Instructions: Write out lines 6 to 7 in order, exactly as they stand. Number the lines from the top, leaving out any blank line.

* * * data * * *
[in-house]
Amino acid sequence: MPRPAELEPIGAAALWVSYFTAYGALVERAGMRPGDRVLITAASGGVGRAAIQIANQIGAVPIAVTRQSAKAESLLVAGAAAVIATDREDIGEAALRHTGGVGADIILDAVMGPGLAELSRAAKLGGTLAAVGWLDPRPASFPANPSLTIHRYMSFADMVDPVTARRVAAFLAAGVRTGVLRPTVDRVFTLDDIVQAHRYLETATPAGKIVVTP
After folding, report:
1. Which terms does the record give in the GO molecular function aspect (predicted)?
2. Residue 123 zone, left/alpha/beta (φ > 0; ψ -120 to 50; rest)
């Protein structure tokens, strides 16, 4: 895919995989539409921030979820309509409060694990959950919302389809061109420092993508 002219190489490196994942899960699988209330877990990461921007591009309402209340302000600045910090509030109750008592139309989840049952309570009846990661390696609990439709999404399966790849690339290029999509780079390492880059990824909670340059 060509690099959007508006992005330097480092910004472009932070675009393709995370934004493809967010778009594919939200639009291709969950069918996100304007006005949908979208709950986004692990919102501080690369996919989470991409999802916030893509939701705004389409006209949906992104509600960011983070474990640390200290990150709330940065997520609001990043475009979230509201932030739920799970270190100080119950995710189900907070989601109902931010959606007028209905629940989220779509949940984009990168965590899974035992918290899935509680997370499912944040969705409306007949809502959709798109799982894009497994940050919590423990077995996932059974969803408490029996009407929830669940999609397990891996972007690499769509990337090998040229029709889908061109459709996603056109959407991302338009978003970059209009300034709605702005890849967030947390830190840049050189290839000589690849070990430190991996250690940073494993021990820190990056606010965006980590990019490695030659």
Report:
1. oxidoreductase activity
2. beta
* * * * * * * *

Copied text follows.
């Protein structure tokens, strides 16, 4: 895919995989539409921030979820309509409060694990959950919302389809061109420092993508 002219190489490196994942899960699988209330877990990461921007591009309402209340302000600045910090509030109750008592139309989840049952309570009846990661390696609990439709999404399966790849690339290029999509780079390492880059990824909670340059 060509690099959007508006992005330097480092910004472009932070675009393709995370934004493809967010778009594919939200639009291709969950069918996100304007006005949908979208709950986004692990919102501080690369996919989470991409999802916030893509939701705004389409006209949906992104509600960011983070474990640390200290990150709330940065997520609001990043475009979230509201932030739920799970270190100080119950995710189900907070989601109902931010959606007028209905629940989220779509949940984009990168965590899974035992918290899935509680997370499912944040969705409306007949809502959709798109799982894009497994940050919590423990077995996932059974969803408490029996009407929830669940999609397990891996972007690499769509990337090998040229029709889908061109459709996603056109959407991302338009978003970059209009300034709605702005890849967030947390830190840049050189290839000589690849070990430190991996250690940073494993021990820190990056606010965006980590990019490695030659």
Report: